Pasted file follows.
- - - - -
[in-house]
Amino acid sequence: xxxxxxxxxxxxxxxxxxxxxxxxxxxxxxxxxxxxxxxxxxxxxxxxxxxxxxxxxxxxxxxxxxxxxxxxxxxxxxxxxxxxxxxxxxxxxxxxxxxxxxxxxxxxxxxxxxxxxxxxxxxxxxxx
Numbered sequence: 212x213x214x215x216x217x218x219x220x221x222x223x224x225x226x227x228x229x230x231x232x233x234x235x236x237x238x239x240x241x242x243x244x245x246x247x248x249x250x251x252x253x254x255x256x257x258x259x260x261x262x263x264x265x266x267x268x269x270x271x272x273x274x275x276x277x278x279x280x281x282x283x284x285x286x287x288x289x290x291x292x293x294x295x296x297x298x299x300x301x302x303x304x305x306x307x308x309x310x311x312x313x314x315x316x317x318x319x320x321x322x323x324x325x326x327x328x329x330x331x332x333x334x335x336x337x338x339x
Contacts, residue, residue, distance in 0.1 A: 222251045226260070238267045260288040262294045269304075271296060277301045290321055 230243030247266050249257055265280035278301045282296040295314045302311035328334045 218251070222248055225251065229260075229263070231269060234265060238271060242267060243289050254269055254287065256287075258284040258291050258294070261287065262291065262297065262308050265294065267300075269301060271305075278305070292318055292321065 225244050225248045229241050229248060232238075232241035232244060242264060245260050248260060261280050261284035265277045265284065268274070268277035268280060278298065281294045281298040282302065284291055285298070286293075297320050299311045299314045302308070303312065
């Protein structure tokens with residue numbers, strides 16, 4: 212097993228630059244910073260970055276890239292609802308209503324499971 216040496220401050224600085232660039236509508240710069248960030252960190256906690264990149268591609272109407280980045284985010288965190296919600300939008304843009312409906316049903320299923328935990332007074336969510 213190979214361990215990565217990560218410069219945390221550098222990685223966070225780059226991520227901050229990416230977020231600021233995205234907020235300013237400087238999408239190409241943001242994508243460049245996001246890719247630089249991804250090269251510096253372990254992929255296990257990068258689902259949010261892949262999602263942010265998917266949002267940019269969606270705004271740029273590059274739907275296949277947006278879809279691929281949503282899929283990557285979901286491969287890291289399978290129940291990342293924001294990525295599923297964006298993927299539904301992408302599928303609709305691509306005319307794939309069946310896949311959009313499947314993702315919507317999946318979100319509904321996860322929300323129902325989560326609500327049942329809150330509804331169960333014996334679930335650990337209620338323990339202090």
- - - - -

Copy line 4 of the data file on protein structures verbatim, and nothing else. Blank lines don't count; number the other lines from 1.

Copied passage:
Contacts, residue, residue, distance in 0.1 A: 222251045226260070238267045260288040262294045269304075271296060277301045290321055 230243030247266050249257055265280035278301045282296040295314045302311035328334045 218251070222248055225251065229260075229263070231269060234265060238271060242267060243289050254269055254287065256287075258284040258291050258294070261287065262291065262297065262308050265294065267300075269301060271305075278305070292318055292321065 225244050225248045229241050229248060232238075232241035232244060242264060245260050248260060261280050261284035265277045265284065268274070268277035268280060278298065281294045281298040282302065284291055285298070286293075297320050299311045299314045302308070303312065